During my 1st grade year, I attended a nice private school. When my mom went to visit one day, she discovered that I had been placed in the back corner of the classroom. Every 10-15 minutes I would quietly get up and walk a lap around my desk before sitting back down. The teacher didn’t seem to mind too much, but put me in the back of the classroom so I wouldn’t disrupt the other students.
Now not all kids are this extreme, but when our bodies are held perfectly still, the brain shuts down. And yet this is precisely what our culture wants children to do and how we define the setting for “getting an education.”
The cultural expectations say:
Sit still, pay attention, stop fidgeting.
But everything we know about the way the brain works screams, “NOT SO.” The beauty of homeschooling is that it provides the flexibility to embrace your child’s unique learning needs and have a holistic approach to education that maximizes learning potential.
So what is the missing key to TURN ON your child to learning and help that learning STICK?
:WARNING: Science overload ahead.
If you want to know the “WHY’S” read on. If not, just trust me. Movement matters. 🙂
WHY does movement turn the brain ON to learning?
√ Develops Neural Pathways
Neurons are brain cells. They consist of dendrites that collect information from other nerve cells and relays information into the cell body and down the axon to the axon terminals where the information is passed on again. This process of nerve cells connecting and networking is the physical manifestation of learning, thought.
Stimulation via experience and movement = ↑ in dendrite branching and myelination (faster thought processing, reaction, etc.)
No Stimuli means branching drops. Use it or lose it applies here.
All of this serves to connect new information to existing information which leads me to the next area that movement effects.
√ Forms Base Patterns
From birth we are taking in input through our senses and as we start to move within our environment and experience life. This forms our initial base patterns and determines the way we process and act upon learning.
Just as it looks, in effect we are forming an ‘experience net’ inside our brains where all subsequent information and experiences are sorted, categorized and integrated in.
This starts in the brainstem as babies explore and learn to move and branches out from there as a child’s senses are engaged.
Movement also releases Dopamine (a neurotransmitter) which induces elation, excitement and orchestrates further nerve net development and alignment all over the brain.
√ Enhances the Vestibular System
This system is housed in the inner-ear. In addition to its commonly known role in helping the body maintain balance, it is considered the entryway into the brain. It is the unifying system that influences everything we do.
Movement triggers the vestibular system and relays sensory experiences to the brain to be processed. Every movement your child makes stimulates their vestibular system which stimulates the brain for new learning.
Integrated movements, done in coherent and purposeful way, activate the entire vestibular system.
√ Promotes Bilateral Integration
Bilateral integration is the ability of the left and right hemisphere’s of the brain to communicate and work together. We’ve all heard the term ‘right brain’ and ‘left brain’. And we know that the right brain deals with intuitive, thoughtful, creative output while the left brain is strong in logical, analytical and objective reasoning. While we may have one hemisphere that is stronger than the other, it is vitally important for these two hemispheres to work together. The more we are able to access both hemispheres of the brain, the more intelligently we are able to function! This is essential for reading, writing, comprehension and creativity.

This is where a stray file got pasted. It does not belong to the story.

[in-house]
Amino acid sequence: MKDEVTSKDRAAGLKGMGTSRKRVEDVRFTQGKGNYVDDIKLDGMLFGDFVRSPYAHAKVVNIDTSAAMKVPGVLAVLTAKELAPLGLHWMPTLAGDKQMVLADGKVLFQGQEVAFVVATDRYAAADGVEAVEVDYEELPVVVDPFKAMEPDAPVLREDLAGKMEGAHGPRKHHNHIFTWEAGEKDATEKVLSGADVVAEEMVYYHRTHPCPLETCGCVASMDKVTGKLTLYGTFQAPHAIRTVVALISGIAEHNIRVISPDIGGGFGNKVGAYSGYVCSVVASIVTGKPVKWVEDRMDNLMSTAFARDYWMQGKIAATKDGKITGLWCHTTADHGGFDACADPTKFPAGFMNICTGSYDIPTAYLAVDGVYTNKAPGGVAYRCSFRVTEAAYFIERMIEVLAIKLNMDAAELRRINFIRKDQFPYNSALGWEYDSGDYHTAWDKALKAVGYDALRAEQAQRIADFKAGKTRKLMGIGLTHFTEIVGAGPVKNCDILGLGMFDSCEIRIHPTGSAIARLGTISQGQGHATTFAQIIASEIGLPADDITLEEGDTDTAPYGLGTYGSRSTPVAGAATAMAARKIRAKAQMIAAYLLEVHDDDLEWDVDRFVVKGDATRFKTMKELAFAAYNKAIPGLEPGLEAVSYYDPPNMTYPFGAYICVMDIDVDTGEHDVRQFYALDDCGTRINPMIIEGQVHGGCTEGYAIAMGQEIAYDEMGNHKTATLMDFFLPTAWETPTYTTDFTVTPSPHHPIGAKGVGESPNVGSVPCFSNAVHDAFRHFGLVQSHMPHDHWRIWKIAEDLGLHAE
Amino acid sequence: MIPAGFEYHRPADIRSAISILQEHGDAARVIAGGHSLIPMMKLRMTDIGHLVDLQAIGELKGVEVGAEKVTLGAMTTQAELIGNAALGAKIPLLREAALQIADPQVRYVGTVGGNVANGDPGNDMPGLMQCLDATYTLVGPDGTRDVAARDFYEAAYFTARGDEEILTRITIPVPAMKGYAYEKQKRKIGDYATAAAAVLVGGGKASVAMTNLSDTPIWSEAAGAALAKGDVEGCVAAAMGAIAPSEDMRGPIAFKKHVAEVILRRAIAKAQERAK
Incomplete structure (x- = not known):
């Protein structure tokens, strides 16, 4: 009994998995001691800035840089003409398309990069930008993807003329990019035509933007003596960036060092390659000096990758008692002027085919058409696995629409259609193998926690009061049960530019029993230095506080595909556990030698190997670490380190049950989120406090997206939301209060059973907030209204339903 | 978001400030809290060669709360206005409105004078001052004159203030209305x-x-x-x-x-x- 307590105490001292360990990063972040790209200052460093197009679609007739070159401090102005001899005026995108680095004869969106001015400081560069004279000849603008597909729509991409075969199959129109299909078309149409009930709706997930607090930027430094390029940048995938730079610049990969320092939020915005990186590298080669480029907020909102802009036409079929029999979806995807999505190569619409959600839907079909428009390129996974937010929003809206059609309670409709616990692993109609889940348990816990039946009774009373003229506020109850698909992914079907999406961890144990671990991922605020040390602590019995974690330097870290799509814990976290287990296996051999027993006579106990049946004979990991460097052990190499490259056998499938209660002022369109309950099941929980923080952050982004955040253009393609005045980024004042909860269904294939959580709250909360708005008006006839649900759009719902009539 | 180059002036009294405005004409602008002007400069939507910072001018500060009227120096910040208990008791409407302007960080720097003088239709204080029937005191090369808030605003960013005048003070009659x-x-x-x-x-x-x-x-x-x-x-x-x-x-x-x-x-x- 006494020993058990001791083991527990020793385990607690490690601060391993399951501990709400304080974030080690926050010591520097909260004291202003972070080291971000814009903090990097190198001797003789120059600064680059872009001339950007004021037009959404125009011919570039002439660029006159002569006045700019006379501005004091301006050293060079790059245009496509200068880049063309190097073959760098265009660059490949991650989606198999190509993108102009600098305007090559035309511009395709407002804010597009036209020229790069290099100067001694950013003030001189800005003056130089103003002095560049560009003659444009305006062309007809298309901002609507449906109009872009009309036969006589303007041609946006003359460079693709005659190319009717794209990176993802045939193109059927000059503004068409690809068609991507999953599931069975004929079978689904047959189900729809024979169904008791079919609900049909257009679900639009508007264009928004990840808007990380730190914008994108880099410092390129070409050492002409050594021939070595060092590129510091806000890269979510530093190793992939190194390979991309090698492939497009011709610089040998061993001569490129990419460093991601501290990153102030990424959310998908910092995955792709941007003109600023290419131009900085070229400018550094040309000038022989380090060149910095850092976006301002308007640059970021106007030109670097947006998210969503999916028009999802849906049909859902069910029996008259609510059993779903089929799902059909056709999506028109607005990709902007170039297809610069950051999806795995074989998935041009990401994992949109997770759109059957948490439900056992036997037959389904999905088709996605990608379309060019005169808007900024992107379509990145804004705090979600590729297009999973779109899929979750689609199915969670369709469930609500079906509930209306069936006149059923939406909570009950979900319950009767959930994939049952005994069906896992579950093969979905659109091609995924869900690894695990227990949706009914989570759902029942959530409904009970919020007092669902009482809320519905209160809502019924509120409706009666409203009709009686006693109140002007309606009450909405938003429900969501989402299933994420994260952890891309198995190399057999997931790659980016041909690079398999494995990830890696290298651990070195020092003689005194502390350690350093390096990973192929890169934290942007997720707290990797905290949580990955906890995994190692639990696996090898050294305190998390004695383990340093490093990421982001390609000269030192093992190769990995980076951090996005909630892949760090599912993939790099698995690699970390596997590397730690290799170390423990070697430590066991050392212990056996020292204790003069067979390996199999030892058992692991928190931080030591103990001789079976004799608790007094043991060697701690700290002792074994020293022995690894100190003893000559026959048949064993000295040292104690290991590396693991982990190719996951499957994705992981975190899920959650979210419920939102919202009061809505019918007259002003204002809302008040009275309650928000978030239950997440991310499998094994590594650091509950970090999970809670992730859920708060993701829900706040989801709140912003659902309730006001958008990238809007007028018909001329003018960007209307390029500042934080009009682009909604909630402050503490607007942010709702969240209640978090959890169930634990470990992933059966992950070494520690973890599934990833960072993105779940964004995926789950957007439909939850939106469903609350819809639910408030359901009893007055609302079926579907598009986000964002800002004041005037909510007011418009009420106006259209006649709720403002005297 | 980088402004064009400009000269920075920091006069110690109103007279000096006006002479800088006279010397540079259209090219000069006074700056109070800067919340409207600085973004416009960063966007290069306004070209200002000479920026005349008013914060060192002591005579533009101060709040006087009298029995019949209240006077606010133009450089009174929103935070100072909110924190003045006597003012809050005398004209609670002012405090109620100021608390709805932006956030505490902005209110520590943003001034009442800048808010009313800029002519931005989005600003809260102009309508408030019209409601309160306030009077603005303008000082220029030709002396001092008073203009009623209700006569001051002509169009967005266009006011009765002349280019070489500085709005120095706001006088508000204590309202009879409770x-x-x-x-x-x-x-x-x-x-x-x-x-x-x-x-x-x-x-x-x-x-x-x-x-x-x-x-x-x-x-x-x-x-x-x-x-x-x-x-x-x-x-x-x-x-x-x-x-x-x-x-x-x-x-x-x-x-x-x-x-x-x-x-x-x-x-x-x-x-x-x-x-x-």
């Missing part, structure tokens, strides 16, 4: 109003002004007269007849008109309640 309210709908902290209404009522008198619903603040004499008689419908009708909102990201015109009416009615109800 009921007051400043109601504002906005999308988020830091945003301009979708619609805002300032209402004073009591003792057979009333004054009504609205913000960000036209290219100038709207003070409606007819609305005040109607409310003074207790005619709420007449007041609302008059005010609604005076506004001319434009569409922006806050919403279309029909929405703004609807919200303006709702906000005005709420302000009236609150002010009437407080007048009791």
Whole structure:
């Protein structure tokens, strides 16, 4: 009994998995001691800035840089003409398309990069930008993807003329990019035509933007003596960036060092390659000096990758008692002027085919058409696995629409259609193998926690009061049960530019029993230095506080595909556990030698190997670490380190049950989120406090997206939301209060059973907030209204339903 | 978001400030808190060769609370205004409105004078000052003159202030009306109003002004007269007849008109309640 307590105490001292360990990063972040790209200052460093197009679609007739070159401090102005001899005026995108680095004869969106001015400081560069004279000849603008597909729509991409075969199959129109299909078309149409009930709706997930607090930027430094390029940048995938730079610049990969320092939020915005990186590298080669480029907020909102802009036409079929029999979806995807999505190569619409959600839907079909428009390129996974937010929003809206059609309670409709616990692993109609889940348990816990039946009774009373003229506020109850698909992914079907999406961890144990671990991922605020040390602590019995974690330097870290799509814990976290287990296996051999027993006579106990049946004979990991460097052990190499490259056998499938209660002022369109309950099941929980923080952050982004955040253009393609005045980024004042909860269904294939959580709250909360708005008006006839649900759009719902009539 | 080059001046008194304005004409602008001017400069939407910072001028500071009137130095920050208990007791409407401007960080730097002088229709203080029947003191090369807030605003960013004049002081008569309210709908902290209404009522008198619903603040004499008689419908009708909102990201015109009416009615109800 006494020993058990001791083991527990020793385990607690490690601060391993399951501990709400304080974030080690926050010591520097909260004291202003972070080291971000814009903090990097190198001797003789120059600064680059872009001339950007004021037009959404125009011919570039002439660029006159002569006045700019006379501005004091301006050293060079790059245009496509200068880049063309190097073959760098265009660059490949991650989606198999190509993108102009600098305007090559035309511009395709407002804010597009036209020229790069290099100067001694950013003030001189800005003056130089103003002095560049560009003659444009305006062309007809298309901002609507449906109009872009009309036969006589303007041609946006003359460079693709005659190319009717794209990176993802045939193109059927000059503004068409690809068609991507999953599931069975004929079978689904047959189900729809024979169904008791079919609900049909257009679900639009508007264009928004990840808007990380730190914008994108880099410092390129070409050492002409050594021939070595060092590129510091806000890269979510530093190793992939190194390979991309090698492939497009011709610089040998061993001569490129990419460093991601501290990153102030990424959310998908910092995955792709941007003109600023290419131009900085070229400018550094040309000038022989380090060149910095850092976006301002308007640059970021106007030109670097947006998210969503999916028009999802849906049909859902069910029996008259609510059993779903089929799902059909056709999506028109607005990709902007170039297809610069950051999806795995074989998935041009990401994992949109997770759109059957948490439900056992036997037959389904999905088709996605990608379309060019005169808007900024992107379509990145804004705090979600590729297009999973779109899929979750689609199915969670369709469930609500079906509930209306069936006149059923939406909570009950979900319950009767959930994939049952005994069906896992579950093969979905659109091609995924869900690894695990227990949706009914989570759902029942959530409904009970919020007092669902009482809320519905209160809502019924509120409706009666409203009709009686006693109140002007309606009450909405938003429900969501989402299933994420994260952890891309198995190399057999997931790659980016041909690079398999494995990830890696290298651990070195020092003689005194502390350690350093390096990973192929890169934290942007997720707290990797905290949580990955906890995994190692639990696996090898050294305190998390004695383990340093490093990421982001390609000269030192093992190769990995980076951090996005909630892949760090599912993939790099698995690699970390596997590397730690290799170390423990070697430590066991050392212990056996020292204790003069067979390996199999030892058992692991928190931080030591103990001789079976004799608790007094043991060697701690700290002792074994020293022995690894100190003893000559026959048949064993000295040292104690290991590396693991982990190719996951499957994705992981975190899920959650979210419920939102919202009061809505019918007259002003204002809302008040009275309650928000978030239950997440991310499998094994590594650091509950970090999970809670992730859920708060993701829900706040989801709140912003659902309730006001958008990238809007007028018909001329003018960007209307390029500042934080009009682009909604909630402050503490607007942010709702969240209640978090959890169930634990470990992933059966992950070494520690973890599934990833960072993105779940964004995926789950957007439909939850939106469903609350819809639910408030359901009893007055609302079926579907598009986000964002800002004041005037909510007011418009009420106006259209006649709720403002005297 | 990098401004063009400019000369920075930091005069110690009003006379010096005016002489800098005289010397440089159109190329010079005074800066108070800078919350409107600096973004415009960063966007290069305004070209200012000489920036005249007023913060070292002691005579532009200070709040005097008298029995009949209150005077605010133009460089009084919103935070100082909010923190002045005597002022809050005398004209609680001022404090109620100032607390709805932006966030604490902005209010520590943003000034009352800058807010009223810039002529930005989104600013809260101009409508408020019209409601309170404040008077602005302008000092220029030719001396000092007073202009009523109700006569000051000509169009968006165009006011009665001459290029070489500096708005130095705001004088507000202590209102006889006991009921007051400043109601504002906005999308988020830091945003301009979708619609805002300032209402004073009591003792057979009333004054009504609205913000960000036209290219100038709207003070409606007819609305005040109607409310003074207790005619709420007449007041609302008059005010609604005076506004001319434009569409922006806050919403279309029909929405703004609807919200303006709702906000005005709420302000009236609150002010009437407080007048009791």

Movement helps the two hemispheres of the brain work together, MAKING LEARNING EASIER!
√ Activates the Cerebellum
Activating the Cerebellum makes learning FASTER! Cerebellum has the fastest conducting pathways in the brain – 5-10% faster. In other words, this subsection of the brain — long known for its role in posture, coordination, balance, and movement – has a high degree of influence on the frontal cortex and cognition.
Computer imaging show the cerebellum is the most active part of the brain during learning. During non-learning processes, such as watching TV/movies, or ‘gasp’ sitting at a desk for large periods of time, the cerebellum is almost inactive.
√ Utilizes Muscle Memory
Movement has a powerful effect on memory. Do you have a pen and paper handy? WRITE THIS DOWN:
“A person may sit quietly to think, but to remember a thought an action must be used to anchor it.”
For those of you that wrote this down, simply the physical act of writing increases the likelihood of remembering it and putting that information to use later on.
A fully engaged body →
means the brain is better utilized →
and learning sticks!
√ Boosts Oxygen to the Brain
A refresher from yesterday’s post! IF you’ve made it this far, congrats! You need a break. Stand up and S-T-R-E-T-C-H! Without oxygen, our thinking brain goes to sleep. Movement activates it and wakes it up. Think of our brain like a computer. When you aren’t moving, it goes into ‘sleep mode’ and the screensaver pops up. The computer is still technically ‘on’, but it doesn’t help you at all if you don’t see the screen or do anything with it. Movement, wakes up the brain by giving it important life giving, sustaining and empowering oxygen!
So now, we have a greater understanding of WHY movement helps with learning. But how can we maximize this? Well, that is what I’m going to spend the rest of this 10 day series talking about! So hang on to your hats, we’re going to discover ways to incorporate this into your day no matter what educational approach you incorporate in your home!